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From left, Frederico Franca, assistant research professor of sustainable bioproducts; Songyi “May” Han, an MSU sustainable bioproducts doctoral student; and professor Dan Seale. The team’s work is part of the university’s Forest and Wildlife Research Center The team created Smart Thumper an app to test the stiffness of lumber. (Photo by David Ammon, MSU)

A new app developed by faculty in the Mississippi State University College of Forest Resources could now gives consumers access to functions previously available on expensive equipment for the cost of $4.99.

The Smart Thumper App was developed by a team of sustainable byproducts faculty in the College of Forest Resources. The app allows consumers to test the stiffness and density of wood, particularly Southern pine lumber using sound waves and vibration.The team of Warren S. Thompson Professor or Wood Science and Technology Dan Seale, assistant research professor of sustainable byproducts and graduate student Songyi “May” Han began working on the project in 2014.

“It’s an app that predicts the stiffness of a piece of lumber,” Seale said. “Stiffness does not absolutely predict strength, but they are correlated statistically.”

Seale said the app could be used by anyone from lumber mill quality control personnel to do-it-yourself carpenters.

“To look at the material that’s going to be used in certain applications, you’ve just got to whip out your smart phone and do it at thejob site,” Seale said.”

He said the idea for creating a smartphone app to do the job came first from Franca, while they were working on a research project involving more than 2,000 pieces of lumber. Han worked mostly on researching how to market such an app and found coders to build it.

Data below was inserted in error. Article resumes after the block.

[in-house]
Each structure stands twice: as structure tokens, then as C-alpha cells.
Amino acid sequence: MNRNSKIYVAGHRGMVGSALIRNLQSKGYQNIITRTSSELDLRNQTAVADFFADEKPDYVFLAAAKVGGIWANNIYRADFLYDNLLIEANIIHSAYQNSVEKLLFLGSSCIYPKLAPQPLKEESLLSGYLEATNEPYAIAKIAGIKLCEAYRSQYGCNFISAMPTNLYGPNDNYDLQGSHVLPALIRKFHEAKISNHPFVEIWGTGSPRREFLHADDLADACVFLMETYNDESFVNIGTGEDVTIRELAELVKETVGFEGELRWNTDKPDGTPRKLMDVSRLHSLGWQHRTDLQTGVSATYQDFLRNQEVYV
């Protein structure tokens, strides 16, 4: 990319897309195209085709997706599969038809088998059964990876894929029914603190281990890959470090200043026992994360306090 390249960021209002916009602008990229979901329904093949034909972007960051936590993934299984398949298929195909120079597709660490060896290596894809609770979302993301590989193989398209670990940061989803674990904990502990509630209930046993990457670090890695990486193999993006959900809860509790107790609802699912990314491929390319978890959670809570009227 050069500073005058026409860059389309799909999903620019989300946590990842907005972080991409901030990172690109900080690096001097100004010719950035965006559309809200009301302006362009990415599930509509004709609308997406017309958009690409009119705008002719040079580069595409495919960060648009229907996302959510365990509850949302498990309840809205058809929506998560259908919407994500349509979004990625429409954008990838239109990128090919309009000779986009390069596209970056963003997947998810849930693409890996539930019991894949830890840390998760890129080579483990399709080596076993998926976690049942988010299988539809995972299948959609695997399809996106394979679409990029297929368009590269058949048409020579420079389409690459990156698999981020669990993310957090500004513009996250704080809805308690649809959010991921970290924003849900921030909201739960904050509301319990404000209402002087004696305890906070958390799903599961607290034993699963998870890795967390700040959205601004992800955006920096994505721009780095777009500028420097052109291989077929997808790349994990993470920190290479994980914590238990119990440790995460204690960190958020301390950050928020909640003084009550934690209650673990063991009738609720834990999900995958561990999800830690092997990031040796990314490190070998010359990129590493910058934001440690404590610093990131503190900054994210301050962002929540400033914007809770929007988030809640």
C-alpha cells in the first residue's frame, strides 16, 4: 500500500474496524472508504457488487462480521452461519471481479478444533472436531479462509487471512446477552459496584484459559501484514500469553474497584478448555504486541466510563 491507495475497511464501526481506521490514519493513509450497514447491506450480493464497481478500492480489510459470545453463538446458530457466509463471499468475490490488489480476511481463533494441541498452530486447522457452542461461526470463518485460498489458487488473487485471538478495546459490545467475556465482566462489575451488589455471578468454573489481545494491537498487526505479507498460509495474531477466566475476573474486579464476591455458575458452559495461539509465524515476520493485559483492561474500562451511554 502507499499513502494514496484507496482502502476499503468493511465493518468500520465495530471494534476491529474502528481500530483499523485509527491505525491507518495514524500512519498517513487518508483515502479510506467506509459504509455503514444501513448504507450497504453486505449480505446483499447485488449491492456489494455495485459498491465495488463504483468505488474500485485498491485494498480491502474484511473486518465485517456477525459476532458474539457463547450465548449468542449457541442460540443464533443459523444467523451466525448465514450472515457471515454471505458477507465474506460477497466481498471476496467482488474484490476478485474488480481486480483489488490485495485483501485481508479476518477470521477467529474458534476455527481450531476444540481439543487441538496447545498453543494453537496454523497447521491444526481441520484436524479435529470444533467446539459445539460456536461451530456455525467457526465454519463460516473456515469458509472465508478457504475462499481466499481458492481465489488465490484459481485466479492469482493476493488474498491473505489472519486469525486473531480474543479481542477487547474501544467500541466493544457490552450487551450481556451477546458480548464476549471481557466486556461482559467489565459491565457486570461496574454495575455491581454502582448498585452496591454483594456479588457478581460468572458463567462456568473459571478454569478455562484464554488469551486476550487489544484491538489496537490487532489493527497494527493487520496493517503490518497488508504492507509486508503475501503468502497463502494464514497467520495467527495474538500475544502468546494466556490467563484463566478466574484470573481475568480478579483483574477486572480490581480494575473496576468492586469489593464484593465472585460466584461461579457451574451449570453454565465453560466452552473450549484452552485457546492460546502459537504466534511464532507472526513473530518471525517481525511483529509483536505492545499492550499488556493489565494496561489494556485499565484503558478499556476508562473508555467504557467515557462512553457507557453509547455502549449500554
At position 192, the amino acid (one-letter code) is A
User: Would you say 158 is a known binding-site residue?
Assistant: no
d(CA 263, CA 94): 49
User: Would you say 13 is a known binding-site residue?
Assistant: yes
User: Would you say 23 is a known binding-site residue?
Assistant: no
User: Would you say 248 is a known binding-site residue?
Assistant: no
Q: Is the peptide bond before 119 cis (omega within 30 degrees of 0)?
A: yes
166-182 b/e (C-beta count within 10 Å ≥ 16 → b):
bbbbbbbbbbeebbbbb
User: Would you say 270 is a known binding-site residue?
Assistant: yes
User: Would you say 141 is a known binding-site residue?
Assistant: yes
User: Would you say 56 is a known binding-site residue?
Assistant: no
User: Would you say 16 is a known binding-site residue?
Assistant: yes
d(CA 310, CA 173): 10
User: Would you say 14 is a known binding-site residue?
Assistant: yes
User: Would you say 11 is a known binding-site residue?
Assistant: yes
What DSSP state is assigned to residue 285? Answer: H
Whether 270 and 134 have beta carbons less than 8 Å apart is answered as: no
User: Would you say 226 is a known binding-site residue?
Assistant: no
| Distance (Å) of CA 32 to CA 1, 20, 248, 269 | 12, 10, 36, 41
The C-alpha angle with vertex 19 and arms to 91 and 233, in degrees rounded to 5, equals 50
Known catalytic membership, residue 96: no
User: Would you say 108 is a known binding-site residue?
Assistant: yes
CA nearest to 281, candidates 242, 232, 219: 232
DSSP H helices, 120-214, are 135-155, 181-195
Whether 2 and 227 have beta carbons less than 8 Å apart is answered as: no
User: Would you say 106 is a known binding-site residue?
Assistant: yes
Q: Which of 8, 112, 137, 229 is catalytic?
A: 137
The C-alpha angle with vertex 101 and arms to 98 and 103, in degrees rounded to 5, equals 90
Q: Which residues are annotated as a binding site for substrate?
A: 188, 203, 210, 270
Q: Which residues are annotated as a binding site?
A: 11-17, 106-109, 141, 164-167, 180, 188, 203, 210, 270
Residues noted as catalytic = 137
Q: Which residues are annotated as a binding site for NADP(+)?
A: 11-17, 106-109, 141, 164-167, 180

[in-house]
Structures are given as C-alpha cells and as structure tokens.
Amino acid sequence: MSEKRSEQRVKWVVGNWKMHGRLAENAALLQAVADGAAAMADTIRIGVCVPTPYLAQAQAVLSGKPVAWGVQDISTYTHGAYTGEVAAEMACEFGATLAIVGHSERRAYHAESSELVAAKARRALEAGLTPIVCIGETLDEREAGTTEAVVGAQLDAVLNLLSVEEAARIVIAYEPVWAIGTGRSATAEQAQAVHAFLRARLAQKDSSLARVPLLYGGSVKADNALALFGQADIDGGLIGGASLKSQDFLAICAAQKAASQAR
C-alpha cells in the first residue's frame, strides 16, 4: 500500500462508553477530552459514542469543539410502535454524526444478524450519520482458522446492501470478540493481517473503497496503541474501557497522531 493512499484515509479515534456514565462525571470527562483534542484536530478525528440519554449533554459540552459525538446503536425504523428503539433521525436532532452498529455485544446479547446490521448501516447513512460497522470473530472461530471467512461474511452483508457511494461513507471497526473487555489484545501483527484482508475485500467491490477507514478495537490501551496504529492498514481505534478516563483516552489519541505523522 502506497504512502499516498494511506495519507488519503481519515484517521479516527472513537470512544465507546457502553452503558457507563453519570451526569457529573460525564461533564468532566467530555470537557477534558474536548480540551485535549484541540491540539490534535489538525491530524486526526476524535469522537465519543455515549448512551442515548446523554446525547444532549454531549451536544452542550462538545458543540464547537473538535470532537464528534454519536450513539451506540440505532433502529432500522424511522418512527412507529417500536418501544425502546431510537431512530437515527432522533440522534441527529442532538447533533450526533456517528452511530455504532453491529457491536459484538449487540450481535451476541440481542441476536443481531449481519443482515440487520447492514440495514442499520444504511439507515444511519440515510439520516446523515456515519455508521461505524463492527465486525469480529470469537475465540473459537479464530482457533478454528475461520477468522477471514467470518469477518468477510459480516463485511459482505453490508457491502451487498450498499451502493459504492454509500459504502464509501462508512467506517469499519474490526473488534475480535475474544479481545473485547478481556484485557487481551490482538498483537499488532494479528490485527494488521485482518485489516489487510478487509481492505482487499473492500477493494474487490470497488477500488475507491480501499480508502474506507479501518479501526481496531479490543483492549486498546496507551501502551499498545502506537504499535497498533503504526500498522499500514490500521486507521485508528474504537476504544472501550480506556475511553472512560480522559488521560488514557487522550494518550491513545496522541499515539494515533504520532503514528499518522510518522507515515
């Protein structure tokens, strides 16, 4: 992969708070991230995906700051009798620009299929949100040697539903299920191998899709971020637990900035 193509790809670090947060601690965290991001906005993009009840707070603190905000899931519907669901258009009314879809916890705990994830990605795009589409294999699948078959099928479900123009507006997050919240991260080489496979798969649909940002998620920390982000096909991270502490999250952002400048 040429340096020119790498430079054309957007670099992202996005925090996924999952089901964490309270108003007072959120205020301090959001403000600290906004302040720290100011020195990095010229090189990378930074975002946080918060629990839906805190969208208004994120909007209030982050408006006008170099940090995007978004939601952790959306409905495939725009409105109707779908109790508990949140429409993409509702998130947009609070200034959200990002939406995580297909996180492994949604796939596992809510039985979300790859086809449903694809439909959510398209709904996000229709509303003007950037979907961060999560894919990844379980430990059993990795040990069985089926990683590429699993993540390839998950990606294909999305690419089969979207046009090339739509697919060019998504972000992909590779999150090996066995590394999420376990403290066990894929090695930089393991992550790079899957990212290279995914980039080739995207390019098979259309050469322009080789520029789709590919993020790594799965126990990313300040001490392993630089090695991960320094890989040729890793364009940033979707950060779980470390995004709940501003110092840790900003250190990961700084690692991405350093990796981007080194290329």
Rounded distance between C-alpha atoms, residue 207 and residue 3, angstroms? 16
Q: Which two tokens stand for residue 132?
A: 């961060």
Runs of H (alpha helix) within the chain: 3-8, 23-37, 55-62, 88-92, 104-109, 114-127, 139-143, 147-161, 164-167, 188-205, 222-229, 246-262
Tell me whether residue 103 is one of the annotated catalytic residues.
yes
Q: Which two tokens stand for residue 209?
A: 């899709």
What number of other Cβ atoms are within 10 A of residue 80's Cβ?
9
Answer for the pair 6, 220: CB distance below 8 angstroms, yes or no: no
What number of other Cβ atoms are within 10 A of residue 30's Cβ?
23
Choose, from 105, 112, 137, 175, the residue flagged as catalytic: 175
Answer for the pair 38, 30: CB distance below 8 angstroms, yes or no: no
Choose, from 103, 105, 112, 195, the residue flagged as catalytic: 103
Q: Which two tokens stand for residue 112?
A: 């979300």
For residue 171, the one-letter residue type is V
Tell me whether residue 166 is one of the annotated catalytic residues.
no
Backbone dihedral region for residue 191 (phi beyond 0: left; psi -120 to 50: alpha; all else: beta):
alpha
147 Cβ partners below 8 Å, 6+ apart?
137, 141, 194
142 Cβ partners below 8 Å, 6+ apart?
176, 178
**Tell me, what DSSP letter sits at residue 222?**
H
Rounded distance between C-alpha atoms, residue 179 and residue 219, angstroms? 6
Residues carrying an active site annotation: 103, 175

“It’s a non-destructive tool,” Franca said. “It’s portable, because it’s on your phone, cheap because it costs $4.99, and it’s able to estimate the stiffness of each piece of 2x4 or 2x6, 2x8, 2x10 Southern pine or Douglas fir lumber.

Franca said the app had first become available to the public in November 2018.

The app is used by first setting a piece of lumber on two sawhorses. To check using sound waves, the sample is hit gently with a hammer while the phone is held close to the end of the sample. To test with vibration, the phone is set in the middle of the sample, and the sample is vibrated vertically. Results are given on a color scale, with red representing low stiffness, yellow representing medium and green representing high. A gray reading is a suggestion to test a second time.

“We are trying to get this certified by the American Lumber Standard Committee,” Franca said. “We believe that we do have a bright future, not just because of the tool, but for a better understanding of the mechanical properties of lumber.”

The app is currently available in the Apple App Store, and will soon be available on Google Play.

“In terms of an app, this is kind of the first one of these,” Seale said. “We have some scientific equipment using vibration and sound waves. The vibration device is made by a company on the West Coast and costs $10,000, and the sound wave equipment costs about $8,500, and this app gives you very, very similar results and it costs $4.99.”

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